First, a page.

Here is a screenshot of the User Profile Disk screen during the creation of the collection:
If the user profile disk was not configured while the collection was being created, you can go to the properties of the collection and edit the user profile disks there. But let’s not get ahead of ourselves yet. Before we begin configuring our user profile disks, we will first need a file share to house them. For this example I’ve created a new shared folder called: \\dc01\DemoLabOfficeApps. I named the folder the same name as my collection since user profile disks are for a single collection only. So if a user is connecting to resources from two different collections, the user will have two separate profiles. As a best practice measure, I named the share the same name as the collection which will make things easier in the event I need to troubleshoot an issue. When you create the folder share, you can use the default share permissions which is everyone: read.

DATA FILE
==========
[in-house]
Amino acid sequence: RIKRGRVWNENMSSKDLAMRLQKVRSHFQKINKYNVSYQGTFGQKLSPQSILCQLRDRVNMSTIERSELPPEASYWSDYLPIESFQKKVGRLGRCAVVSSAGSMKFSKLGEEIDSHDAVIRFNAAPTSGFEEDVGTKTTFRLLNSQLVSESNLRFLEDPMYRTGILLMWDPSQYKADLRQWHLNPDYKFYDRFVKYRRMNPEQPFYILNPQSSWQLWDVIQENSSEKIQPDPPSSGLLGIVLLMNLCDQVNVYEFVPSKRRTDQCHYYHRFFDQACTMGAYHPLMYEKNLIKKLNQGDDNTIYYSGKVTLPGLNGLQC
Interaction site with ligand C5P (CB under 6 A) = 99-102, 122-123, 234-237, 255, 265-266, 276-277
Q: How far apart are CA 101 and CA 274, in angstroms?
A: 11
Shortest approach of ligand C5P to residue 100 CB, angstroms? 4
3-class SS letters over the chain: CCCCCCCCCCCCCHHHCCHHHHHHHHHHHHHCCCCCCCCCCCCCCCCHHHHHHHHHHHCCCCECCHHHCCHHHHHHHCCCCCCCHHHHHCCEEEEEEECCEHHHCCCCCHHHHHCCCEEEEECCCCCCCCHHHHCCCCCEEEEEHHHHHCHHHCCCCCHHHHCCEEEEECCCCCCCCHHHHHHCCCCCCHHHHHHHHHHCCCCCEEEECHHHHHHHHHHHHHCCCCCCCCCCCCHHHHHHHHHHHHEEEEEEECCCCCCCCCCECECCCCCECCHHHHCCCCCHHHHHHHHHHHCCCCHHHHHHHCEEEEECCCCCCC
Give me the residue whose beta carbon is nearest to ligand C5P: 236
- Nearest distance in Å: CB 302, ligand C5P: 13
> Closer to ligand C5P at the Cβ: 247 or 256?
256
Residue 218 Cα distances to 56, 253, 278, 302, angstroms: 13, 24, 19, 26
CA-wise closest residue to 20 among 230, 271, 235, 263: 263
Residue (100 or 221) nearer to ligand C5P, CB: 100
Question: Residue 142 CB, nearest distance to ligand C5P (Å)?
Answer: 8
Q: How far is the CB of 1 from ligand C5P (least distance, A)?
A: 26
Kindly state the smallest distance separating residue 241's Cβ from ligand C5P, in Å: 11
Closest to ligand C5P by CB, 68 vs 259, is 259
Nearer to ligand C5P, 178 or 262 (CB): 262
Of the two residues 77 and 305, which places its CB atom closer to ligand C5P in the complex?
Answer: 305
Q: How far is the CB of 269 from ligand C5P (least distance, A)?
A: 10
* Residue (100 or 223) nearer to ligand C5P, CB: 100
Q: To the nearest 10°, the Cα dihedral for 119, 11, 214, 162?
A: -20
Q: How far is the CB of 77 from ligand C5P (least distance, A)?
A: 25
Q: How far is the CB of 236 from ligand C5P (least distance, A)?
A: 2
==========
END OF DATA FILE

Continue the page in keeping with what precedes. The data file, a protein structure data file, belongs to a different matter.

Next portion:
After the shared folder is created, open Server Manager and within the Remote Desktop Services node, select the Collection. In the top right within the properties section, click on tasks and select Edit Properties.
In the user profile disk window, go ahead and enable user profile disks and enter the shared folder path. Then hit apply.
Once it’s completed, let’s go back and look at the security permissions of our profile disk share. Here you can see the RD Session Host RDSH01 which is the only server part of the collection, now has full control to the folder:
And if we look at the share permissions, RDSH01 has full control as well.